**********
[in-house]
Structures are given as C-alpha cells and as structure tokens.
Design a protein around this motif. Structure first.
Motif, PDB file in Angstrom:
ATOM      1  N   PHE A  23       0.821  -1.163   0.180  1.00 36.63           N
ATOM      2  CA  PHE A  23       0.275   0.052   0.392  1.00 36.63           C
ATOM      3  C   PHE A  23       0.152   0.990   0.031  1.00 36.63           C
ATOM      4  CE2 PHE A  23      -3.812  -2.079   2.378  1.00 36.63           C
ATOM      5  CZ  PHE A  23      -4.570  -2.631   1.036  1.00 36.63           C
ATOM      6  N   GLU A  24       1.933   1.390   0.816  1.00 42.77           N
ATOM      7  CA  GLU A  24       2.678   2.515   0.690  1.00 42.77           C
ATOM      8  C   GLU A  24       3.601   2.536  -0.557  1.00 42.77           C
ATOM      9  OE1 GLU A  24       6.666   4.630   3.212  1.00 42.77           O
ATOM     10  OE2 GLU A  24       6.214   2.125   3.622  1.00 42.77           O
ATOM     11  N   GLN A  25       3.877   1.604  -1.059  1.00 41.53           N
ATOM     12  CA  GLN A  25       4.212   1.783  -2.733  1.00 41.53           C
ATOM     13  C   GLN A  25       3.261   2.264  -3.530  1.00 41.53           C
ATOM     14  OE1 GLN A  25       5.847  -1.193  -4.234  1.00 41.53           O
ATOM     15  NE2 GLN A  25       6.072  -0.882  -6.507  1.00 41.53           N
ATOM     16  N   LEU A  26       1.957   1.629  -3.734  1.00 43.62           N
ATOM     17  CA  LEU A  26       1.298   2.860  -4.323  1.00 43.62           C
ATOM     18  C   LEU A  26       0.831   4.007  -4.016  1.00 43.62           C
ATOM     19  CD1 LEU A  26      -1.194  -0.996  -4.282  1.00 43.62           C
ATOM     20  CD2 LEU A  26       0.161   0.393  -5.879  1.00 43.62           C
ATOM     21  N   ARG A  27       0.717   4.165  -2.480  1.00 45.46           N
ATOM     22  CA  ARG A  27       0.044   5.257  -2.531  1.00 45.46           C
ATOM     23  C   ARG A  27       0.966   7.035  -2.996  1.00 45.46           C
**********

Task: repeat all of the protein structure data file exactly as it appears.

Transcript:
[in-house]
Structures are given as C-alpha cells and as structure tokens.
Design a protein around this motif. Structure first.
Motif, PDB file in Angstrom:
ATOM      1  N   PHE A  23       0.821  -1.163   0.180  1.00 36.63           N
ATOM      2  CA  PHE A  23       0.275   0.052   0.392  1.00 36.63           C
ATOM      3  C   PHE A  23       0.152   0.990   0.031  1.00 36.63           C
ATOM      4  CE2 PHE A  23      -3.812  -2.079   2.378  1.00 36.63           C
ATOM      5  CZ  PHE A  23      -4.570  -2.631   1.036  1.00 36.63           C
ATOM      6  N   GLU A  24       1.933   1.390   0.816  1.00 42.77           N
ATOM      7  CA  GLU A  24       2.678   2.515   0.690  1.00 42.77           C
ATOM      8  C   GLU A  24       3.601   2.536  -0.557  1.00 42.77           C
ATOM      9  OE1 GLU A  24       6.666   4.630   3.212  1.00 42.77           O
ATOM     10  OE2 GLU A  24       6.214   2.125   3.622  1.00 42.77           O
ATOM     11  N   GLN A  25       3.877   1.604  -1.059  1.00 41.53           N
ATOM     12  CA  GLN A  25       4.212   1.783  -2.733  1.00 41.53           C
ATOM     13  C   GLN A  25       3.261   2.264  -3.530  1.00 41.53           C
ATOM     14  OE1 GLN A  25       5.847  -1.193  -4.234  1.00 41.53           O
ATOM     15  NE2 GLN A  25       6.072  -0.882  -6.507  1.00 41.53           N
ATOM     16  N   LEU A  26       1.957   1.629  -3.734  1.00 43.62           N
ATOM     17  CA  LEU A  26       1.298   2.860  -4.323  1.00 43.62           C
ATOM     18  C   LEU A  26       0.831   4.007  -4.016  1.00 43.62           C
ATOM     19  CD1 LEU A  26      -1.194  -0.996  -4.282  1.00 43.62           C
ATOM     20  CD2 LEU A  26       0.161   0.393  -5.879  1.00 43.62           C
ATOM     21  N   ARG A  27       0.717   4.165  -2.480  1.00 45.46           N
ATOM     22  CA  ARG A  27       0.044   5.257  -2.531  1.00 45.46           C
ATOM     23  C   ARG A  27       0.966   7.035  -2.996  1.00 45.46           C